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Artemis 9: Part 15

Tiny Bubbles

By Arthur ArmstrongPublished 7 months ago Updated 7 months ago 6 min read
Artemis 9: Part 15
Photo by Brigitte Tohm on Unsplash

Astaria and I followed Alison as she walked toward the light.

“Hey Sis, I really don’t think this is a good idea,” I said as I approached her.

“All is well,” she said flatly as we came upon a clearing. Toward the far end, sat a rather large spaceship about three times the size of ours.

“Dear Gods,” I managed to choke out. The hatch of the ship opened to reveal an incredibly bright, white light. Suddenly, my head begin to swim and my world went dark.

I was standing in an extravagant room filled with fine paintings and expensive sculptures. And it was all on fire. I looked around, frantically puzzling at where I was. People begin to run by me but I could not move.

I could smell the smoke but I did not choke. I could feel the heat but I did not burn. I tried to yell, but no one seemed to hear me. Fire exploded through a doorway to my left as I heard a scream from my right. A large piece of ceiling fell down upon a table with a cherub centerpiece.

The fire spread to a hallway before me. As more people came running past, again, I tried to move but couldn’t. “Gods what is happening?” I thought. Just as a window broke, more flames erupted and I felt something cold and wet on my forehead.

I opened my eyes to Space Daddy leaning over me, pressing something to my third eye.

“There we are! My Sun’s returned to us!” He exclaimed, his handsome features accentuated by his smile.

My head still swam a bit, but the cool feeling on my forehead was a comfort. “What happened? Where am I?” I managed to muster despite a rather large lump in my throat, “I feel like I’ve been screaming at a basketball game.”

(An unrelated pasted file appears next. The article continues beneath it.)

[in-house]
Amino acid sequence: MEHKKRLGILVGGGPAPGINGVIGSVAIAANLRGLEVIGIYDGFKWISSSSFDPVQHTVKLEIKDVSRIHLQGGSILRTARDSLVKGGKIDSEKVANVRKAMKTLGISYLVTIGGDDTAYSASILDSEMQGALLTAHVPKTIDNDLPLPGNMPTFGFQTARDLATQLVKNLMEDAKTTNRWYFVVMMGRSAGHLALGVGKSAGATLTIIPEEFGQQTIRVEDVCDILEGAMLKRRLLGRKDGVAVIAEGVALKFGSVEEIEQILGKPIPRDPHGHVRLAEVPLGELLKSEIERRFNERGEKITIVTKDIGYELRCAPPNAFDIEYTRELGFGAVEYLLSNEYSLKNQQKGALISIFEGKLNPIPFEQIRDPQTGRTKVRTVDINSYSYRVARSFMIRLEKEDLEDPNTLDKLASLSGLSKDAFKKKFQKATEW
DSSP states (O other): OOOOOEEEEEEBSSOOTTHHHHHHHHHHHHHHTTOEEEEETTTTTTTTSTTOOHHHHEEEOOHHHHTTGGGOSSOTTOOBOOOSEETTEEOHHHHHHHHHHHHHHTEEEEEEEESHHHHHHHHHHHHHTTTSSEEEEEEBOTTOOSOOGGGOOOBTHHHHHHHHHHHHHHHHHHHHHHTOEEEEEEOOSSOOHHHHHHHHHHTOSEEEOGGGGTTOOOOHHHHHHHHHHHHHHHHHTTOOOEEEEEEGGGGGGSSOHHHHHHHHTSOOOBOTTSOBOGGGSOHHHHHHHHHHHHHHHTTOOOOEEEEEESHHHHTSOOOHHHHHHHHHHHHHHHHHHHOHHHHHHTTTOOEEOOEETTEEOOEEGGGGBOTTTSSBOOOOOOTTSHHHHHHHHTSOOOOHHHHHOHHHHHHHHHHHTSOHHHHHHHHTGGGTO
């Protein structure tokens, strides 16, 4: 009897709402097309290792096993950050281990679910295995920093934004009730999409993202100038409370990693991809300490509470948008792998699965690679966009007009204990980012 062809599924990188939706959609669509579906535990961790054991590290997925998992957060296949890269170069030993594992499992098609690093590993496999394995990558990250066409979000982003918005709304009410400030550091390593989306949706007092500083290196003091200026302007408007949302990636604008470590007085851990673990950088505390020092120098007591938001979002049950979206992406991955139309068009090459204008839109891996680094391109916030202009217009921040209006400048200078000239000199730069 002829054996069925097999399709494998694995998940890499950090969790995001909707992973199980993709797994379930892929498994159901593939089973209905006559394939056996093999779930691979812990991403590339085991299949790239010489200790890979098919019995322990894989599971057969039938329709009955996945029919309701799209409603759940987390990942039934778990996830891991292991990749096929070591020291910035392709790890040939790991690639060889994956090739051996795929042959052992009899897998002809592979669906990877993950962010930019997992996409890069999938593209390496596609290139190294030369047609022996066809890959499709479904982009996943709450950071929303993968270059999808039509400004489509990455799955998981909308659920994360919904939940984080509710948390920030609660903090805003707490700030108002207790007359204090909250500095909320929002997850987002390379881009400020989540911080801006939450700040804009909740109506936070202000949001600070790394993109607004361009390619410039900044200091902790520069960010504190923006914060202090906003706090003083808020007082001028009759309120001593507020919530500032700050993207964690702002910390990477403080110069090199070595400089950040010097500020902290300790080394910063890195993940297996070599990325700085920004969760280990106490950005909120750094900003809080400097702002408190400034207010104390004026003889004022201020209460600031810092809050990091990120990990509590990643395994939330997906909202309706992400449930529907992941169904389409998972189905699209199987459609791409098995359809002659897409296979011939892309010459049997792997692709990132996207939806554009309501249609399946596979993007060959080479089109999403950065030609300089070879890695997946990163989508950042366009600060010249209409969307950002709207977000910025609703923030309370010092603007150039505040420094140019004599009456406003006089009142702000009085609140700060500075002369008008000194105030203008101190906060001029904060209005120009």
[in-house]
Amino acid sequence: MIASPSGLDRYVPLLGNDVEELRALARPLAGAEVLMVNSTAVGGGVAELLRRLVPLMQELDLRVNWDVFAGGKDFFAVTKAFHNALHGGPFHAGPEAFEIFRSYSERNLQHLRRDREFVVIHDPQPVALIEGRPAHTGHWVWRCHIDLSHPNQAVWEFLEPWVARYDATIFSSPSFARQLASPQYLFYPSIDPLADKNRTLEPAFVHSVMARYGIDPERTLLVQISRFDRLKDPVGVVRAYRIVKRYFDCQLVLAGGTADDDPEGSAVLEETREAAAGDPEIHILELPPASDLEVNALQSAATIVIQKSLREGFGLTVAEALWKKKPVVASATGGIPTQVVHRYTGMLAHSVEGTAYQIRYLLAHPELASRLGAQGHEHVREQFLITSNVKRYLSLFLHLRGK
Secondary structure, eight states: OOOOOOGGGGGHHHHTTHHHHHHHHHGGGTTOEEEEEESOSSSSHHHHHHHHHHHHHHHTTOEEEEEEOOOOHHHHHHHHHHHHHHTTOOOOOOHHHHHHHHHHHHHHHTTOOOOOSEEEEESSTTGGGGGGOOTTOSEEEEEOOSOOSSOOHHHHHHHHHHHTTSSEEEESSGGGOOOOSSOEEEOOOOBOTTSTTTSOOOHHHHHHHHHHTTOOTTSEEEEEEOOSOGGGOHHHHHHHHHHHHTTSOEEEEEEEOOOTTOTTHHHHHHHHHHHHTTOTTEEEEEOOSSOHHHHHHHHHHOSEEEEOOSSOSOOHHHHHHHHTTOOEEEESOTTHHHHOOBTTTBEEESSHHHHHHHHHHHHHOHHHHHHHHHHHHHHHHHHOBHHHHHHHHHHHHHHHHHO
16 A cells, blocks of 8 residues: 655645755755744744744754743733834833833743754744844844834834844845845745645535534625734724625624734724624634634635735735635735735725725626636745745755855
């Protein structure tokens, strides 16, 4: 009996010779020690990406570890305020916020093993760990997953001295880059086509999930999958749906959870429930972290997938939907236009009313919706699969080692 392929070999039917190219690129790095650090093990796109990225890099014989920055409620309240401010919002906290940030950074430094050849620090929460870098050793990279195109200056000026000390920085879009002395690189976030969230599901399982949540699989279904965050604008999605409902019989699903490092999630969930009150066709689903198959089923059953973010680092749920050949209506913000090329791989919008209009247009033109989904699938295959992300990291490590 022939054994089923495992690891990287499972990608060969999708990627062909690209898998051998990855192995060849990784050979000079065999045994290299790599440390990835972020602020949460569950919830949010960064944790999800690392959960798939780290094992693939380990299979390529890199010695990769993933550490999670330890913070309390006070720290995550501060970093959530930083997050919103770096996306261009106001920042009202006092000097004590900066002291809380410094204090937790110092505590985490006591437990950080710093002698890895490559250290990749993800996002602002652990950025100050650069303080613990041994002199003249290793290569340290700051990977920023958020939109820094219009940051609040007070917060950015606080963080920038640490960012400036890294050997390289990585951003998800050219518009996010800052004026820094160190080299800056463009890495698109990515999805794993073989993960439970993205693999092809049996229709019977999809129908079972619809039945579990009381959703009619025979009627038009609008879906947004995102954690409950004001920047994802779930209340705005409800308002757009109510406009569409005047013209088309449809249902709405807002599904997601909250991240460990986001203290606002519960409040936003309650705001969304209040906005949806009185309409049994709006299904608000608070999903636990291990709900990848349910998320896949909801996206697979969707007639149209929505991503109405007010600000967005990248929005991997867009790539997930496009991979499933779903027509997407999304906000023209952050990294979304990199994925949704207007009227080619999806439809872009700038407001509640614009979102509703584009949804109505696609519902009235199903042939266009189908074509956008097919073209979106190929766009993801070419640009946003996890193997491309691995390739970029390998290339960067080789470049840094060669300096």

“Well, you were shouting for quite some time. And shaking as well,” Astaria said from beside me.

“Jesus Christ!” I shouted in surprise, “Alison’s right, ya’ll need a damn bell.”

Astaria chuckled, “Sorry, I’ll try to remember to announce my presence.”

“Wise ass,” I muttered.

“You are aboard my ship in the medical bay,” my Celestial Sire said calmly, “You were shouting for some time. Did you see something?”

“Yeah, actually,” I said, covered in cold sweat.


“Well, I was in a really expensive looking room and it was all on fire,” I said, trembling.

“Could you tell where you were?” Astaria asked.

“I’m not sure. It was a rather open room with large windows on my right and several doors to my left. The wall with the doors was a beautiful wood with grand moldings and there was a long table just to the right of the Archway to the next room. Or hallway? I’m not sure. There was a set of stairs to the right, on the other side of the Archway.”

“Anything else about the room or the people in it?” Astaria quarried.

“Yeah, the table had a cherub statue centerpiece and the people were all running and screaming. I couldn’t move or shout, I could only watch them,” I said as I felt my eyes well up and my body tremble.

Space Daddy blotted my forehead and hushed me, “That’s enough, my Sun. All is well now.”

“Wait! Where’s Alison?” I asked as I tried to get up.

“She’s just fine. She’s resting in her quarters. She was fairly exhausted after connecting to the ship.”

“Connecting to the ship?” I asked.

What the fuck does that mean?

“My ship runs on three, what one might call, ‘micro stars’ to which yourself, our dearest Moon, and myself are all connected. Not physically really, it’s almost like a celestial Wi-Fi for those of us who can connect to it.”

“Wait, so did you control her with it? Because she said she couldn’t stop,” I said questioning the means of the situation.

“Not in a robotic sense but more in an astrally magnetic way. Think of it as a way to never lose your ship,” he said.